Following the sudden overthrow of President Ben Ali’s regime in Tunisia, a remarkable chain of events has rocked the Middle East and North Africa. Mass demonstrations in Egypt, Yemen and Jordan feel like the start of a profound shift in the regional political status quo writes Alex Glennie, although it remains to be seen whether they will turn into sustained movements for change. But at the very least, this series of uprisings have challenged many of the truisms about the prospects for democracy in the Arab world, and should prompt British and other western policymakers to rethink their approach to supporting political reformers in these countries.
Scenes from Egypt over the past few weeks have been extraordinary. On January 25, activists used the occasion of a national holiday to organise a demonstration against rising prices and unemployment. Given the high levels of political apathy in Egypt, it was expected that hundreds or perhaps a few thousand people would participate. Decades of authoritarian rule have crushed the spirit and organisational ability of political opposition movements, and have sapped what little faith Egyptians may once have had in the ballot box as an instrument of change. Turnout in the 2005 presidential elections was estimated at just over 20 per cent of the population, despite the fact that voting in Egypt is supposedly universal and compulsory.
Analysts and media the world over were therefore taken by surprise when tens of thousands of Egyptian citizens took to the streets of Cairo, Alexandria, Suez and other cities in what is now being referred to as the country’s ‘day of rage’. Over a week later, these protests show no signs of abating. Instead they have multiplied in scale and brought a regime long thought to be immune to popular pressure to the brink of collapse. At the time of writing, it seems unlikely that President Mubarak will stay in power for much longer. Motivated by the success of demonstrations in Tunisia and encouraged by the army’s intimation that they will not use military force to deny the ‘legitimate aspirations’ of the Egyptian people, many protesters are vowing to remain on the streets until the President is forced from office and they have achieved genuine political freedom.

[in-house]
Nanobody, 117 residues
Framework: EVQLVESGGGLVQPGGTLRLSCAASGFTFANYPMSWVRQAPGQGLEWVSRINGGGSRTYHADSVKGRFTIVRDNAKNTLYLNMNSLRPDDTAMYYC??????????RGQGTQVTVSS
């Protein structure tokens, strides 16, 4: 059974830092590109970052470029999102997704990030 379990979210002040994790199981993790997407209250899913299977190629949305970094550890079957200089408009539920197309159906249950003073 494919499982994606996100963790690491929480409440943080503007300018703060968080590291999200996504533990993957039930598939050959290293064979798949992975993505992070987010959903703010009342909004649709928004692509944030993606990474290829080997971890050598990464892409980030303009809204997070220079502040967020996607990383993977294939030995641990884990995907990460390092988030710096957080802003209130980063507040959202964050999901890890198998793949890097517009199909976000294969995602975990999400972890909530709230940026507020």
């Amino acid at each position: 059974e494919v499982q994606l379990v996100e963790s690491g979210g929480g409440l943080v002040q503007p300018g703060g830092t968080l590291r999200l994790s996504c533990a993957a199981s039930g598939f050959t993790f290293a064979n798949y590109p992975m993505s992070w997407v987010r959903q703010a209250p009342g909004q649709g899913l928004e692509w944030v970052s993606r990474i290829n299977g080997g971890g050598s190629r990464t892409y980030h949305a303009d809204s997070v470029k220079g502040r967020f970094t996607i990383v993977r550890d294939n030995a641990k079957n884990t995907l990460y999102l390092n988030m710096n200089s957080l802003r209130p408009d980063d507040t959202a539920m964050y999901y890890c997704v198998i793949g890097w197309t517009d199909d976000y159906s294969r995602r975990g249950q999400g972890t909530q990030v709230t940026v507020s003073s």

The inclusive nature of Egypt’s demonstrations – which have brought together Muslims, Christians and secularists, men and women, young and old – has confounded those who believe that Arab societies are too divided to rise up effectively against autocratic rulers. It has also challenged the risible notion that democracy is somehow destined to bypass the Middle East and North Africa. However, the future trajectory of the region’s politics is still unclear. While events in Tunisia and Egypt suggest that the region’s ageing rulers may lose their monopoly on power (and the concomitant ability to choose who succeeds them), significant questions remain about the political configurations that will emerge in their place.
Western leaders appear particularly concerned about the boost this might give to the region’s Islamist movements. Some commentators have already argued that these uprisings may lead to a repeat of the 1979 Iranian revolution, where the removal of the unpopular but secular Shah opened the door to theocratic rule and substituted one form of authoritarianism for another. Speaking about the developments in Egypt, UK Foreign Secretary William Hague said that while it was not for foreigners to decide who ran Egypt, the UK would ‘certainly not want to see a government based on the Muslim Brotherhood’. But comparisons to Iran – or to the Palestinian elections in 2006 that brought the Islamist Hamas to power – are not quite accurate here. Two factors in particular caution against relying on these analogies.